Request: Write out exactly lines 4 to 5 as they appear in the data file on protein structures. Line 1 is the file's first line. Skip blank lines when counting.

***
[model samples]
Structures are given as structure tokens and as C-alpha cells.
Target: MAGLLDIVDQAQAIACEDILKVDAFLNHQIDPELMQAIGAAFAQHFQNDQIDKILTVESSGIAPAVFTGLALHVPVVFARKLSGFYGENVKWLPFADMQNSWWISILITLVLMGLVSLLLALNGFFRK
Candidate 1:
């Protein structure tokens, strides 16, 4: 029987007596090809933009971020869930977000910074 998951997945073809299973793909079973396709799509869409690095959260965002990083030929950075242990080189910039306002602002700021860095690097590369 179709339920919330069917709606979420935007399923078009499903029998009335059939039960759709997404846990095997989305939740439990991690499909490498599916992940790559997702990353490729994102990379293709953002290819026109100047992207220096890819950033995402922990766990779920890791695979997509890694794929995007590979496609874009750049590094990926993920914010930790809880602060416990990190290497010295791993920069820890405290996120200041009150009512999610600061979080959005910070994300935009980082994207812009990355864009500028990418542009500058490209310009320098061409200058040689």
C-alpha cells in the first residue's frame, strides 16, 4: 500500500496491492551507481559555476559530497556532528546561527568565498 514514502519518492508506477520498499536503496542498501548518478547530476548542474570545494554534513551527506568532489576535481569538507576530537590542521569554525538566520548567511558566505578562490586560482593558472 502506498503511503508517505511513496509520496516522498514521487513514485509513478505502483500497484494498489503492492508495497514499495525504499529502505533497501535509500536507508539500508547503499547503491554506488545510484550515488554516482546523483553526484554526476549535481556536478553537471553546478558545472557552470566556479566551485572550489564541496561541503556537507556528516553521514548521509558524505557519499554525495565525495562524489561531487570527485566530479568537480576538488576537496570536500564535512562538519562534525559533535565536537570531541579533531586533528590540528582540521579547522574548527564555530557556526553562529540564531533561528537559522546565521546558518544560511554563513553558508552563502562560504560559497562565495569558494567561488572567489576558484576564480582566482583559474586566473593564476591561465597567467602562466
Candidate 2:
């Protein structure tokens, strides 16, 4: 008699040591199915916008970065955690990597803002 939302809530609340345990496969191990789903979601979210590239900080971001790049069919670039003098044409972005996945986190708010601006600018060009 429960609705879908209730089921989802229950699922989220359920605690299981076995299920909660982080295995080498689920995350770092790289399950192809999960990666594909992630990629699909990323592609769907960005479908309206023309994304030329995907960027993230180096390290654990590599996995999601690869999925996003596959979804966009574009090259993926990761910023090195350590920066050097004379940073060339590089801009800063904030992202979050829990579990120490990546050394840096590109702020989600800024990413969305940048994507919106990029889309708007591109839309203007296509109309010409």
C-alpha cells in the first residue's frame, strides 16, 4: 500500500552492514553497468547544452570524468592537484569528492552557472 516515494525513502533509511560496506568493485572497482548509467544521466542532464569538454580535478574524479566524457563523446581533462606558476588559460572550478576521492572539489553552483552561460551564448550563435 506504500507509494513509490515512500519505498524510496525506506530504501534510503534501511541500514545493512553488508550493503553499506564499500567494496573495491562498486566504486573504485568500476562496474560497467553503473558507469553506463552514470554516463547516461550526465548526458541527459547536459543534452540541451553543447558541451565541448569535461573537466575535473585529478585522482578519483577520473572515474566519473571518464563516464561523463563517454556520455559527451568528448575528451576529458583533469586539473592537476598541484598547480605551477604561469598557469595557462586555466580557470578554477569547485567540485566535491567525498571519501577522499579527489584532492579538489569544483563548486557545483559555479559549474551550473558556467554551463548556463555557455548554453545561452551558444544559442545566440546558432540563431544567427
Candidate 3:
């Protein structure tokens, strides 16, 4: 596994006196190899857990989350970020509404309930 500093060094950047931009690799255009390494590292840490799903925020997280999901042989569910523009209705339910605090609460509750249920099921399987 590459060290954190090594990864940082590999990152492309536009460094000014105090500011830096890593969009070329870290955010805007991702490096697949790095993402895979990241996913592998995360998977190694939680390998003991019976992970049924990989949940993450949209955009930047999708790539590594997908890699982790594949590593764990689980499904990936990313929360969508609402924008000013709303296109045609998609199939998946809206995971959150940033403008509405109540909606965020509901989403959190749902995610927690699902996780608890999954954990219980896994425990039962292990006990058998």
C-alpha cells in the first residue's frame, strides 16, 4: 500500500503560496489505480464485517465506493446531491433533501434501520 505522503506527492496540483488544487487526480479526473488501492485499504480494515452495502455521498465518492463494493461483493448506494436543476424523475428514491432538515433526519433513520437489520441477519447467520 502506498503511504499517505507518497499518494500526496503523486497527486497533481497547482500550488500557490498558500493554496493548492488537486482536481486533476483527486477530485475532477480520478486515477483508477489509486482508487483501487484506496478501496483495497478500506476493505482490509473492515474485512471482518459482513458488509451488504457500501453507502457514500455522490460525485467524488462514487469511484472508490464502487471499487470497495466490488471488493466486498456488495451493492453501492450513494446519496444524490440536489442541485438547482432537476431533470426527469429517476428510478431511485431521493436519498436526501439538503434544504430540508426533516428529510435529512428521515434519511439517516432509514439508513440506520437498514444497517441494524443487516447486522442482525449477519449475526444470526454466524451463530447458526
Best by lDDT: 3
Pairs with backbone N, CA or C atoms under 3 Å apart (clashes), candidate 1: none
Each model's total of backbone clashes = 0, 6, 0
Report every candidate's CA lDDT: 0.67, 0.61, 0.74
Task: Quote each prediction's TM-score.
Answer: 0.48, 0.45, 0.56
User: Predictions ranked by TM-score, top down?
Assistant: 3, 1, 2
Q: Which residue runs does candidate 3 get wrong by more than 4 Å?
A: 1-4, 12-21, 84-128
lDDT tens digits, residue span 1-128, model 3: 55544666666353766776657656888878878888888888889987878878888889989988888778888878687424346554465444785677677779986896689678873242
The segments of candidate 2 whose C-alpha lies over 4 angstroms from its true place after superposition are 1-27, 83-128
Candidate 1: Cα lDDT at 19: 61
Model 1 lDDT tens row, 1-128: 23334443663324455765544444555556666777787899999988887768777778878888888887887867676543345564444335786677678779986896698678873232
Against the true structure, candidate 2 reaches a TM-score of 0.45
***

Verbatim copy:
Candidate 1:
């Protein structure tokens, strides 16, 4: 029987007596090809933009971020869930977000910074 998951997945073809299973793909079973396709799509869409690095959260965002990083030929950075242990080189910039306002602002700021860095690097590369 179709339920919330069917709606979420935007399923078009499903029998009335059939039960759709997404846990095997989305939740439990991690499909490498599916992940790559997702990353490729994102990379293709953002290819026109100047992207220096890819950033995402922990766990779920890791695979997509890694794929995007590979496609874009750049590094990926993920914010930790809880602060416990990190290497010295791993920069820890405290996120200041009150009512999610600061979080959005910070994300935009980082994207812009990355864009500028990418542009500058490209310009320098061409200058040689």